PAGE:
Monday, April 1, 2013

decision of the Supreme Court paves the way for generic companies to make cheap copies of Glivec in the developing world

Supreme Court of India refused to allow one of the world's leading pharmaceutical companies to patent a new version of an anti-cancer campaign decision hailed as a milestone in the access to medicines for the poor in the developing world.

Novartis lost a legal battle six years after the court ruled that the small changes and improvements in the Glivec was not an innovation worthy of a patent. The decision paves the way for generic companies in India to manufacture and sell cheap copies of drugs in the developing world and has implications for HIV and other modern medicines also.

activists were jubilant. If Novartis had won, would have reduced access to the drug for the poor, said Jennifer Cohn, M?decins Sans Fronti?res (MSF), which adds: "The fact that India says that patents are to reward innovation rather small changes remains faithful to the concept of what a patent should be. "

But Novartis said the decision "not to encourage future innovation in India."

Ranjit Shahani

, vice president and general manager of the company in India, said the decision was "a setback for patients impede medical progress for diseases without effective treatment options."

Glivec is an important drug for myeloid leukemia and transformed the outlook for patients in rich countries. Is a targeted therapy that blocks the biological growth in cancer patients with a particular genetic mutation. But like all targeted therapies, is very expensive, costing more than $ 1,700 per month.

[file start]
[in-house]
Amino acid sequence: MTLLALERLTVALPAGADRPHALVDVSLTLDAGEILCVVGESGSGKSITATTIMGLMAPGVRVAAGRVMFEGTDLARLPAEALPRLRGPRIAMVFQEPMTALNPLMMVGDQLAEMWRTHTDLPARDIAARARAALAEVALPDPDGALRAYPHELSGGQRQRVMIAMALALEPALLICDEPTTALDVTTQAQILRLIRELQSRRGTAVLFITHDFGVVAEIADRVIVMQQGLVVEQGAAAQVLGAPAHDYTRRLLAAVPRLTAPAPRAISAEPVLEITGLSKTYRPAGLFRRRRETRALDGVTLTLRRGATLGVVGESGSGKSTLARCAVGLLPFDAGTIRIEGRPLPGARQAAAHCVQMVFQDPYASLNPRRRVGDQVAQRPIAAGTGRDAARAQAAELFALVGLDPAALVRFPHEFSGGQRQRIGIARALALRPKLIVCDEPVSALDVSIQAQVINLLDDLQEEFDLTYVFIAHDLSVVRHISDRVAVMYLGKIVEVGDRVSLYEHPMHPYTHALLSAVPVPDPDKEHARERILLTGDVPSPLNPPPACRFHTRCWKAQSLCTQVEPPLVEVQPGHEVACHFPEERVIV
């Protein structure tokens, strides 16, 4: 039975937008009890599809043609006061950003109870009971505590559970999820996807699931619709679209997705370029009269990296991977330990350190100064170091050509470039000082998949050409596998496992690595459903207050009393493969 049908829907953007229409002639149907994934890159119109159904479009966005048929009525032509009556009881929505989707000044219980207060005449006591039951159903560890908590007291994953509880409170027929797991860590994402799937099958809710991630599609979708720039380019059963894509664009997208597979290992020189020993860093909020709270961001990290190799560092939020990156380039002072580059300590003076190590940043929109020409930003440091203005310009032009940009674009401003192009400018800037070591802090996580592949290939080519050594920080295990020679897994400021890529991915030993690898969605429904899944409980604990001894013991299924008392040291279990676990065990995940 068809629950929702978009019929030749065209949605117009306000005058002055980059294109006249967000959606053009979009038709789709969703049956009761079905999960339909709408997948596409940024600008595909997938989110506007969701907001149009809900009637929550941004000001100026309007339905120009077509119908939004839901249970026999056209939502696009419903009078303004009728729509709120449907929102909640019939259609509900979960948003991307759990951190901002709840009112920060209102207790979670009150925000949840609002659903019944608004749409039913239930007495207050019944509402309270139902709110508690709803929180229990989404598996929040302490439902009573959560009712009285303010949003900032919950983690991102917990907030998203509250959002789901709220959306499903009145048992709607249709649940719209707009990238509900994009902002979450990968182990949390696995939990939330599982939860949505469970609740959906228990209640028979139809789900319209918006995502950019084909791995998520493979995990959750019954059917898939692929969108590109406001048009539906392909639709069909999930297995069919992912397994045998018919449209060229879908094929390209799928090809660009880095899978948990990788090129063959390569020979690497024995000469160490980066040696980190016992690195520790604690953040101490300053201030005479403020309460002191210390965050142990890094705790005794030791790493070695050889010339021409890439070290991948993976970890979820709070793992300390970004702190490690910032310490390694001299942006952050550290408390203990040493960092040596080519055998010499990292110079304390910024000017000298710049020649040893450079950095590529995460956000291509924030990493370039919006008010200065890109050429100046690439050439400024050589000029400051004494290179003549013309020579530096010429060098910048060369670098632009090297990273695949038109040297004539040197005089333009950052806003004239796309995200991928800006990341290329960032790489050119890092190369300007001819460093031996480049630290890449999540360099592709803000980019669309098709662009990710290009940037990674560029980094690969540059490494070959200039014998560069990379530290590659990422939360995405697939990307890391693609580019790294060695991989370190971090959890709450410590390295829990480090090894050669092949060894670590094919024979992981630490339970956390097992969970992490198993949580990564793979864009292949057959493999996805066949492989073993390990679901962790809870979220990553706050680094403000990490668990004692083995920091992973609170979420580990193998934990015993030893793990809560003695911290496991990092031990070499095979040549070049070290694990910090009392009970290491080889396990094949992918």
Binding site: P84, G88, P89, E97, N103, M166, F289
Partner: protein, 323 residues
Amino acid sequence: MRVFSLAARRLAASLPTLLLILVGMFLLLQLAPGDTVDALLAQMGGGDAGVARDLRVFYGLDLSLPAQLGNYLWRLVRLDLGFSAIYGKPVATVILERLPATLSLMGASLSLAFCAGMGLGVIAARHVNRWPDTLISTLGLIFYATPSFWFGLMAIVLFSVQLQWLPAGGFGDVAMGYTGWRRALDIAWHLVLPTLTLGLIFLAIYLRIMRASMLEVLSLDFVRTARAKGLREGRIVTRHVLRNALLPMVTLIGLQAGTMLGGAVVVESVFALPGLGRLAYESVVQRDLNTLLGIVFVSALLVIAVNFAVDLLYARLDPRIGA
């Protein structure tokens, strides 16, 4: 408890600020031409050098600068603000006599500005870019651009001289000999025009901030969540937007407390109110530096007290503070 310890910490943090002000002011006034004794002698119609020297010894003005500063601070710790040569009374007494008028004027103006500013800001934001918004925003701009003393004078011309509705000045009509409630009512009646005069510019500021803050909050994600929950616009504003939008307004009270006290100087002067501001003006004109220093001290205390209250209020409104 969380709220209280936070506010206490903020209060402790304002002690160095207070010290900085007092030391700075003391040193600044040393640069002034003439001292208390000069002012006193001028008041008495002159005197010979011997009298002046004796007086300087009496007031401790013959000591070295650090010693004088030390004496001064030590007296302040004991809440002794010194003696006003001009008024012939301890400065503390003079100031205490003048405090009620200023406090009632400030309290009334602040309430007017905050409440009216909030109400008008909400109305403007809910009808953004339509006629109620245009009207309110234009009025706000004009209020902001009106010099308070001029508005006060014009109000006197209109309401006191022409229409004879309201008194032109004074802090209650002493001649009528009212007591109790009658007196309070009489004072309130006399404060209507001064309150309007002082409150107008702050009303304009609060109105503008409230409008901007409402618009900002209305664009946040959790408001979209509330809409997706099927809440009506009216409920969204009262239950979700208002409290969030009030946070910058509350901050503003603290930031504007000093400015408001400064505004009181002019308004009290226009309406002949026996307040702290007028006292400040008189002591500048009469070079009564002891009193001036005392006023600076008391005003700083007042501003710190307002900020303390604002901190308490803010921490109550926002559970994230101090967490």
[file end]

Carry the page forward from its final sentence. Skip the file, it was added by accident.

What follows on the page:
Historically India had only limited patent protection on generic drugs and their companies made versions of many drugs. It is only when Indian companies started to make cheap copies of drugs against HIV made possible a decade ago to look at the treatment of millions of people in poor countries in Africa, where the epidemic AIDS was at its height.

But in 2005, India became comply with the rules of the World Trade Organization on intellectual property and now grants patents on innovative medicines. Patents generally 20 years or older at the time of printing.

In a statement, Leena Menghaney, Director of MSF's Campaign for Access in India, said: "Although MSF has not yet seen the text of the judgment, which seems to be the best solution for patients in developing countries less than patents are granted on existing drugs. attacks Novartis elements of patent law in India to protect public health have failed. Court decision prevents companies from abusing the patent system for patents unjustified existing drugs to block the price-busting generic competition on HIV and other essential medicines. This confirms that all patent offices in India must use this interpretation of the law and it is now clear and should be strictly enforced. "

In a statement, the cancer helps patients Association of India (CPAA), which had opposed the patent application of Novartis, said: "We are pleased that the Supreme Court has recognized the right of patient access to affordable medicines through the profits of pharmaceutical companies through patents.

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